Acacia schinoides is an erect tree or shrub 10 m high and 7 m wide.
It is restricted to coastal central NSW, north-western Cumberland Plain, Hornsby Plateau and the Hunter River Valley (Lane Cove to Maitland) growing in deep shady gullies usually near creeks. It has naturalised into coastal Victoria.
Members John Arney and Dan Clarke have also observed it growing in the Kamay National Park (Kurnell) vegetation where it is assumed to be non-natural.
Leaves are bipinnate to about 20 cm long, to 15 cm wide with new leaves a bronze colour. Leaflets are up to 25 mm long to 5 mm wide.
Flowers occur in November to February and are round. Being a bipinnate wattle, it produces flowers in globular heads, to 10 mm in diameter. Each head can have up to 50 very small flowers. The heads are arranged in axillary panicles or racemes and a pale yellow colour.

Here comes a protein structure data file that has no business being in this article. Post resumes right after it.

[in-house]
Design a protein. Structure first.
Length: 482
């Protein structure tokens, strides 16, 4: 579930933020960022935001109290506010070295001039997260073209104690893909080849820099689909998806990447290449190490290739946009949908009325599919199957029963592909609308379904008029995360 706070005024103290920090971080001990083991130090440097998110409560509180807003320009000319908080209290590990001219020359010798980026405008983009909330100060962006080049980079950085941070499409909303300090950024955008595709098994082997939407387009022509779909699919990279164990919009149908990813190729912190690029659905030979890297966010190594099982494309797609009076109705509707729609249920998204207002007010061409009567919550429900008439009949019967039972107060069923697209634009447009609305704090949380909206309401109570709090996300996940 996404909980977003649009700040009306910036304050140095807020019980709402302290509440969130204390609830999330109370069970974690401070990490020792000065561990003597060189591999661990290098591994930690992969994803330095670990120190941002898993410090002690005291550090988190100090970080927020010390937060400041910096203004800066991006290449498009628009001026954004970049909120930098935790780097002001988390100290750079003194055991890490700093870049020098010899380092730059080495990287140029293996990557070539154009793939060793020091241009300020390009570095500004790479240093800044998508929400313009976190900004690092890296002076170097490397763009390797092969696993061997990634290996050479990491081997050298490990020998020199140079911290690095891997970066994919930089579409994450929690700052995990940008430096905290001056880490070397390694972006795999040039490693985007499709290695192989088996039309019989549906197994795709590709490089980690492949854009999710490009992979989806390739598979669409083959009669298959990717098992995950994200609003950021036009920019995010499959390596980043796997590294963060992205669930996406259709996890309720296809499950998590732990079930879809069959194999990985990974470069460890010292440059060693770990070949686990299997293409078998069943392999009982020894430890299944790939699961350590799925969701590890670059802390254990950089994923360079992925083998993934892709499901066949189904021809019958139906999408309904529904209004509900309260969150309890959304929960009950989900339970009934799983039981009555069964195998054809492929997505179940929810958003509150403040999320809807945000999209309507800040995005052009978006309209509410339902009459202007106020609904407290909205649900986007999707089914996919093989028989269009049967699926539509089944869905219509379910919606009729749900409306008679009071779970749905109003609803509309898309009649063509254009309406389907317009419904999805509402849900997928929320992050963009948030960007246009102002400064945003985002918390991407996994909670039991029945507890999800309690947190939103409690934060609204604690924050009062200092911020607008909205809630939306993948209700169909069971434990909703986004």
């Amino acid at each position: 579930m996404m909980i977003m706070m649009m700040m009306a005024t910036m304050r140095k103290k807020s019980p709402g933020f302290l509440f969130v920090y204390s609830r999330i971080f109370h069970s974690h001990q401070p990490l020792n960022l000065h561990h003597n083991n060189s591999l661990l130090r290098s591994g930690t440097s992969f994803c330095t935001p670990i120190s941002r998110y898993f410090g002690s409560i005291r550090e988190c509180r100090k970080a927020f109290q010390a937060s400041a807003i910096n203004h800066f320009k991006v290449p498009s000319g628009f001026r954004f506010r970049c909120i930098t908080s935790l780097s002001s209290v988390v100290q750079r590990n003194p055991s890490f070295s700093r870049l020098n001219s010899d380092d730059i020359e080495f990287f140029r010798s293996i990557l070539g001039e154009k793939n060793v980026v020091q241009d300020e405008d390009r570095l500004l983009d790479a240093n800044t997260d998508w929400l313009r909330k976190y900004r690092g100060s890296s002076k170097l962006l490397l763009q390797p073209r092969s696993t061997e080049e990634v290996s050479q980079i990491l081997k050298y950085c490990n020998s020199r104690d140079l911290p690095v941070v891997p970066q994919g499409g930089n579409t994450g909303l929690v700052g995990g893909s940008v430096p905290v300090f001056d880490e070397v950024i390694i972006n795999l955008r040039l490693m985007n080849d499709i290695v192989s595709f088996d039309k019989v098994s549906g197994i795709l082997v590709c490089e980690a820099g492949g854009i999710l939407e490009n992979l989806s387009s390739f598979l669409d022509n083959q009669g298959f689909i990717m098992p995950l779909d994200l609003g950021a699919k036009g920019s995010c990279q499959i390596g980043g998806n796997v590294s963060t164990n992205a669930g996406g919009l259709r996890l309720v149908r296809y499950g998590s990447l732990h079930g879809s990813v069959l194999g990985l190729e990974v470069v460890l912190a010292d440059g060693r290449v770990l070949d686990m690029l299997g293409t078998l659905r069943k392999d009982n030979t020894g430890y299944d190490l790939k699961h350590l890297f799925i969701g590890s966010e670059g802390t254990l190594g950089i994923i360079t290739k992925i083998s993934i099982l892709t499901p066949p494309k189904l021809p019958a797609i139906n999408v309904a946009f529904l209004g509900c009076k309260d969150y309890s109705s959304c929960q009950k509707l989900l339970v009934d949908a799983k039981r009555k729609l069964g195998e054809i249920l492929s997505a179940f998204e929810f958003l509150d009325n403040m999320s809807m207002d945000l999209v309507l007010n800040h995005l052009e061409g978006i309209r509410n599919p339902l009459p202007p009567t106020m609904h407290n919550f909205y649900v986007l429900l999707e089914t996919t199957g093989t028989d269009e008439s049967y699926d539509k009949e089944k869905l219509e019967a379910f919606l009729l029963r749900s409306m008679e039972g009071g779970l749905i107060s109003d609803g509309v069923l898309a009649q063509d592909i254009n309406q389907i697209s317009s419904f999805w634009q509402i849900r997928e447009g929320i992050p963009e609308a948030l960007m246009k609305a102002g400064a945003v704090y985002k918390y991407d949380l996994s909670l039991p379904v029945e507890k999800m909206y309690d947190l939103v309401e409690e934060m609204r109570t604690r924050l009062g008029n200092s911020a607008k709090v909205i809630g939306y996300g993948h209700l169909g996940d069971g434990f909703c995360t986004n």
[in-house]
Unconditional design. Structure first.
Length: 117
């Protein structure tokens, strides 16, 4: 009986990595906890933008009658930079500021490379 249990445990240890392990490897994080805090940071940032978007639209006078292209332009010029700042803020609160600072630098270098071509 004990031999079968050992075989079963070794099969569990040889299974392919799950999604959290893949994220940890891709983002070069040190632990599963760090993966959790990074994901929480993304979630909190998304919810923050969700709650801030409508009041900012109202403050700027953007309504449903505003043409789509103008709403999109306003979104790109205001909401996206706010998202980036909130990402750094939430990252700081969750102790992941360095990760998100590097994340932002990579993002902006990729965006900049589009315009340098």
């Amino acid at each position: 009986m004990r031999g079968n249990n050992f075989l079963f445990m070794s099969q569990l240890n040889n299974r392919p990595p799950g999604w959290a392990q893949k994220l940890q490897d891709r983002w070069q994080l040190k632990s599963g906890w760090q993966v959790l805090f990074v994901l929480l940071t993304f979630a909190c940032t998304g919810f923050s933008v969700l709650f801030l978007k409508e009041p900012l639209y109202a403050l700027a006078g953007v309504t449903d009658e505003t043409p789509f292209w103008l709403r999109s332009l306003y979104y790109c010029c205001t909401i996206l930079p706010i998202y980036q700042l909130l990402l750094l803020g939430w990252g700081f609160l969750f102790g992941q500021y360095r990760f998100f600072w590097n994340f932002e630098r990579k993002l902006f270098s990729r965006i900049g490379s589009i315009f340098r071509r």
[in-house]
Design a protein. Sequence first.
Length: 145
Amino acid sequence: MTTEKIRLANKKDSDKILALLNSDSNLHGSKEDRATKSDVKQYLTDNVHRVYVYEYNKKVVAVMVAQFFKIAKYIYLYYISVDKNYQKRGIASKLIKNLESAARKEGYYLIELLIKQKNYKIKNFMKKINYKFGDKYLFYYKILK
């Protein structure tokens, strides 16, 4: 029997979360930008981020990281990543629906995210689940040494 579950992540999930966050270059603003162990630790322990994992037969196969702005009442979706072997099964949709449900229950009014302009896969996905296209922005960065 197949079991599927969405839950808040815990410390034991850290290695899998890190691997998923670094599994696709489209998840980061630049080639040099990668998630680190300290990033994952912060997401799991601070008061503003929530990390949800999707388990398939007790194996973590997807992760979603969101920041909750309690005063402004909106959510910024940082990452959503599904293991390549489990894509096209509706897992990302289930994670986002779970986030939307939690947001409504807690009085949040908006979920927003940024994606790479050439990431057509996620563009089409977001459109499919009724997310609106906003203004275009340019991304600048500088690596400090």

This creates a showy display.
Seed pods are straight, flat to 16 cm long and to about 1.5 cm wide.
It is a fast-growing tree in well-composted soil. It accepts full sun to heavy shade.
It has also been introduced into Kenya and Zimbabwe and it is cultivated there.
Acacias can suffer from a number of pests, including borers, scale, galls and leaf miners. Growing plants suitable to your local environment minimises these pests occurring.
Propagation is easy from scarified seed by covering with boiling water for 24 hours and discarding any seeds still floating on the surface.
It likely regenerates from seed after fire.
Acacia – from Greek acis, a thorn.
schinoides – refers to the likeness of the compound foliage to that of the pepper tree (genus Schinus).
Not known to be at risk in the wild, although its range is limited.